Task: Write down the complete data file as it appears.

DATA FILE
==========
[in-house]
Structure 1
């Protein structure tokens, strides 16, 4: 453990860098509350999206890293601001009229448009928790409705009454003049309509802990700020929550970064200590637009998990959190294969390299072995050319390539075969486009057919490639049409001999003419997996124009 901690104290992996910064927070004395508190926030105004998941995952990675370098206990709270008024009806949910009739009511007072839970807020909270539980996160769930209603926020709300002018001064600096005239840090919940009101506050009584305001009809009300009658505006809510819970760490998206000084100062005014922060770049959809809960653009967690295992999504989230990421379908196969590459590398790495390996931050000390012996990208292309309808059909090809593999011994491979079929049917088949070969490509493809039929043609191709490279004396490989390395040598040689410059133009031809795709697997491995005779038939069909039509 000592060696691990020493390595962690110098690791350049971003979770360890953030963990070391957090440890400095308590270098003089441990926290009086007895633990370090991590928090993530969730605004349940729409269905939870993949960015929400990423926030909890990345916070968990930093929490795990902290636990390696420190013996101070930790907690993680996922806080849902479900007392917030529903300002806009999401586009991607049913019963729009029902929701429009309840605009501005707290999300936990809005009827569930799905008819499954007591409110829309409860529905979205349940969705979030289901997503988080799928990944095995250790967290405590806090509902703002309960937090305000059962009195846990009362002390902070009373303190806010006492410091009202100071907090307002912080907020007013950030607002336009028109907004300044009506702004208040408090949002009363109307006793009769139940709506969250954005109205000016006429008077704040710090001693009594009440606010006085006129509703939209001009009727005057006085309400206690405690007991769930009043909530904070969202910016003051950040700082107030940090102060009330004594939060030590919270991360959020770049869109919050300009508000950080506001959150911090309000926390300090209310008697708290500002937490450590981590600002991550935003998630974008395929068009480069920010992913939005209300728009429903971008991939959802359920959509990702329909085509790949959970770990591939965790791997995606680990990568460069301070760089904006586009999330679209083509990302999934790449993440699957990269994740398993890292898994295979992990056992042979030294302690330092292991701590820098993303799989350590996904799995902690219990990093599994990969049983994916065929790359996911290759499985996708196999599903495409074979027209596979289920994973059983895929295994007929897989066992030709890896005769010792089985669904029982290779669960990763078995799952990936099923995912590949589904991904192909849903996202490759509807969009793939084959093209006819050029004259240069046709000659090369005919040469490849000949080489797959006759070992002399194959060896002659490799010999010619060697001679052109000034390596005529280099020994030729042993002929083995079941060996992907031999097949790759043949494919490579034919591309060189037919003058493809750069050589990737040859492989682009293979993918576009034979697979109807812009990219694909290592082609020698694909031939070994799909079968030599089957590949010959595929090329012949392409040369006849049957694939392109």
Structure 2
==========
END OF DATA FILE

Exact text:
[in-house]
Structure 1
């Protein structure tokens, strides 16, 4: 453990860098509350999206890293601001009229448009928790409705009454003049309509802990700020929550970064200590637009998990959190294969390299072995050319390539075969486009057919490639049409001999003419997996124009 901690104290992996910064927070004395508190926030105004998941995952990675370098206990709270008024009806949910009739009511007072839970807020909270539980996160769930209603926020709300002018001064600096005239840090919940009101506050009584305001009809009300009658505006809510819970760490998206000084100062005014922060770049959809809960653009967690295992999504989230990421379908196969590459590398790495390996931050000390012996990208292309309808059909090809593999011994491979079929049917088949070969490509493809039929043609191709490279004396490989390395040598040689410059133009031809795709697997491995005779038939069909039509 000592060696691990020493390595962690110098690791350049971003979770360890953030963990070391957090440890400095308590270098003089441990926290009086007895633990370090991590928090993530969730605004349940729409269905939870993949960015929400990423926030909890990345916070968990930093929490795990902290636990390696420190013996101070930790907690993680996922806080849902479900007392917030529903300002806009999401586009991607049913019963729009029902929701429009309840605009501005707290999300936990809005009827569930799905008819499954007591409110829309409860529905979205349940969705979030289901997503988080799928990944095995250790967290405590806090509902703002309960937090305000059962009195846990009362002390902070009373303190806010006492410091009202100071907090307002912080907020007013950030607002336009028109907004300044009506702004208040408090949002009363109307006793009769139940709506969250954005109205000016006429008077704040710090001693009594009440606010006085006129509703939209001009009727005057006085309400206690405690007991769930009043909530904070969202910016003051950040700082107030940090102060009330004594939060030590919270991360959020770049869109919050300009508000950080506001959150911090309000926390300090209310008697708290500002937490450590981590600002991550935003998630974008395929068009480069920010992913939005209300728009429903971008991939959802359920959509990702329909085509790949959970770990591939965790791997995606680990990568460069301070760089904006586009999330679209083509990302999934790449993440699957990269994740398993890292898994295979992990056992042979030294302690330092292991701590820098993303799989350590996904799995902690219990990093599994990969049983994916065929790359996911290759499985996708196999599903495409074979027209596979289920994973059983895929295994007929897989066992030709890896005769010792089985669904029982290779669960990763078995799952990936099923995912590949589904991904192909849903996202490759509807969009793939084959093209006819050029004259240069046709000659090369005919040469490849000949080489797959006759070992002399194959060896002659490799010999010619060697001679052109000034390596005529280099020994030729042993002929083995079941060996992907031999097949790759043949494919490579034919591309060189037919003058493809750069050589990737040859492989682009293979993918576009034979697979109807812009990219694909290592082609020698694909031939070994799909079968030599089957590949010959595929090329012949392409040369006849049957694939392109």
Structure 2